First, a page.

We're less than three weeks away from a new Star Wars movie — Rogue One will be our second in two years — and if all goes to plan, we should be getting Episode VIII next December. Growing up with the expanded universe and, latterly, the prequels, I never thought we'd get to this point. To a young me, Star Wars movies were scaffolding, a fossilized skeleton on which to hang other stories told by book, comic, or video game.
George Lucas tried to breathe new life into that skeleton at the turn of the millennium, but the prequels ended up feeling like a funeral for the body of Star Wars, marking a time the films should be buried. But Disney and J.J. Abrams exhumed that corpse again last year, imbuing it with movie magic and making Star Wars movies feel fresh again. Now the franchise's new owners promise a swathe of new films, starting with Rogue One, and following up with a range of spinoffs.
It's certainly an exciting time to be a Star Wars fan, but I'm also a little worried. If Rogue One fails, then Disney has indicated that it may dial back production on spinoffs and standalone movies. But if it succeeds — and most evidence so far indicates that it will — then we could be getting a Star Wars movie every year from now until end of time. That's fine for a while, because the Star Wars galaxy has a surfeit of memorable characters on which to draw, but what comes after Disney has exhausted the series' main characters? Once Boba Fett, Wedge Antilles, and Mon Mothma get their own movies?
I've been thinking about that, and this is how I see the release schedule going.
Lando Calrissian: A Star Wars Story
After an appearance in the Han Solo spinoff, a young Lando Calrissian takes the starring role in his own movie. Played by Donald Glover, the smooth-talking Lando charms his way around the galaxy, making deals, playing Star Wars poker analog sabacc, and kissing women's hands. The film explains how Lando comes to run Cloud City in the Empire Strikes Back, but production is held up for three months while Disney works out how to tastefully handle the multiple sex scenes.
The sith come back — again
Lobot: A Star Wars Story
Follow Lando's cybernetically enhanced assistant Lobot as he performs a string of administrative tasks in Cloud City! Try not to consider the philosophical ramifications of forcing a man with severe brain injuries into indentured servitude! (At the same time, audiences are invited to think about how cruel it was for George Lucas to call an essentially lobotomized man "Lobot." It's like calling a guy with a prosthetic leg "Amputato.")
Star Wars: Episode X: Revenge of the Returning Sith Empire's Shadow
It's 30 years after the First Order and the resurgent Sith — led by Supreme Leader Snoke and Ben "shut up I'm Kylo!" Solo — have been beaten by the goodie-goodie New Republic and the Resistance. It's the third time this has happened in the galaxy in less than a century, but apparently nobody has learned anything, and a mysterious cloaked figure rises to power at the head of yet another fascist force. The Jedi consider saving the day, but Jesus Christ, people, is this really happening again?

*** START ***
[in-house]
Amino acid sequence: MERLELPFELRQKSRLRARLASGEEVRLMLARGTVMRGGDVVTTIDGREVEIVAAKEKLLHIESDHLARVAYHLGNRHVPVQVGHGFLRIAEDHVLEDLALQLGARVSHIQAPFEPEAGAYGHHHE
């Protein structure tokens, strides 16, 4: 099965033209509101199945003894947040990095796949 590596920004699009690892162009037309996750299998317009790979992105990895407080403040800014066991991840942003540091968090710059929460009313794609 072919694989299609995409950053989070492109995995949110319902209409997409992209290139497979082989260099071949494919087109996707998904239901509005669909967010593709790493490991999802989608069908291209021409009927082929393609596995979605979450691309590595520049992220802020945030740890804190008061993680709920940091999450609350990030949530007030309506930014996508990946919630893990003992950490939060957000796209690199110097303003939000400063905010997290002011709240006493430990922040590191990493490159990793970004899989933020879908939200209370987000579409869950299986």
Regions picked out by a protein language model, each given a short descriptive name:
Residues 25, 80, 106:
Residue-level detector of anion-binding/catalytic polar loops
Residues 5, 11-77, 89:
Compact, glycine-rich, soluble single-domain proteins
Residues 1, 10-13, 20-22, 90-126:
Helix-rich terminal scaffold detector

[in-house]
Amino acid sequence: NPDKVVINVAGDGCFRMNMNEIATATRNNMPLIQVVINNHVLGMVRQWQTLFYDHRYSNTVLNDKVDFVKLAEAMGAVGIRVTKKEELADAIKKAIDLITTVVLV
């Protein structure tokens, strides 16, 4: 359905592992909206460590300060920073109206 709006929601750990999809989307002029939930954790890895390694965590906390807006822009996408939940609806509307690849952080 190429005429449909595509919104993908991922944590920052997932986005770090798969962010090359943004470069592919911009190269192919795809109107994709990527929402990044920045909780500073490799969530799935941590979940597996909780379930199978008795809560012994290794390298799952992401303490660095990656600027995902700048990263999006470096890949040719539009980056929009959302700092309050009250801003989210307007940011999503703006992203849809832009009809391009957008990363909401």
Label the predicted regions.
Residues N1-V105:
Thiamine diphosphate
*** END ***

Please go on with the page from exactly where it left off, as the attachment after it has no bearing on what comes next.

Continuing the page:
Dak Ralter: A Star Wars Story
In a bid to avoid messing up an increasingly complicated canon, Disney commissions a standalone movie about Dak Ralter, a character distinguished primarily by dying in the back of Luke Skywalker's snowspeeder during the escape from Hoth. With its scope limited to one battle from the Empire Strikes Back, this film-within-a-film resorts to a cinéma vérité style that has viewers watch for two excruciating hours as Dak wakes up, brushes his teeth, visits the restroom, and pulls on his flight suit ahead of his inevitable demise.
Star Wars: the Holiday Special Strikes Back
After a string of gritty character studies flop at the box office, Disney changes its approach, dialing up the kitsch references in a bid to win over a cynical post-millennial audience. Kylo Ren and Rey duet on a song about Life Day, 50 ewoks are enlisted for a dance number, and a bearded Luke Skywalker gives everyone presents. Guy Fieri guest stars as the son of infamous alien chef Gormaanda. He requires no makeup.
Chewbacca's Mom: A Star Wars Story
A standalone movie following the wookiee that would become mother to the legendary Chewbacca. Chewbacca's Mom — real name unnecessary — becomes famous overnight on her home planet of Kashyyyk for a holonet-distributed video in which she dons a human mask and laughs uproariously for several minutes. Her sudden renown leads her to a meeting with wookiee chieftain Attichituk on a local talk show, and a romance blossoms. A year later (wookiee gestation periods are longer than humans'), Chewbacca is born, but most of Kashyyyk has already tired of her masked antics and questionable statements, and she fades into obscurity.
Hmmm. I originally wrote these out to illustrate that Star Wars movies will suffer from diminishing returns, to show that our taste for nostalgia would fade with time, and to suggest that a more relaxed release schedule may give us the necessary refractory period to appreciate a new film. But now I realize the problem here is not that Disney would ever run out of characters on which to base new Star Wars movies. The real problem is that I would pay to see all of these films.
I am the problem.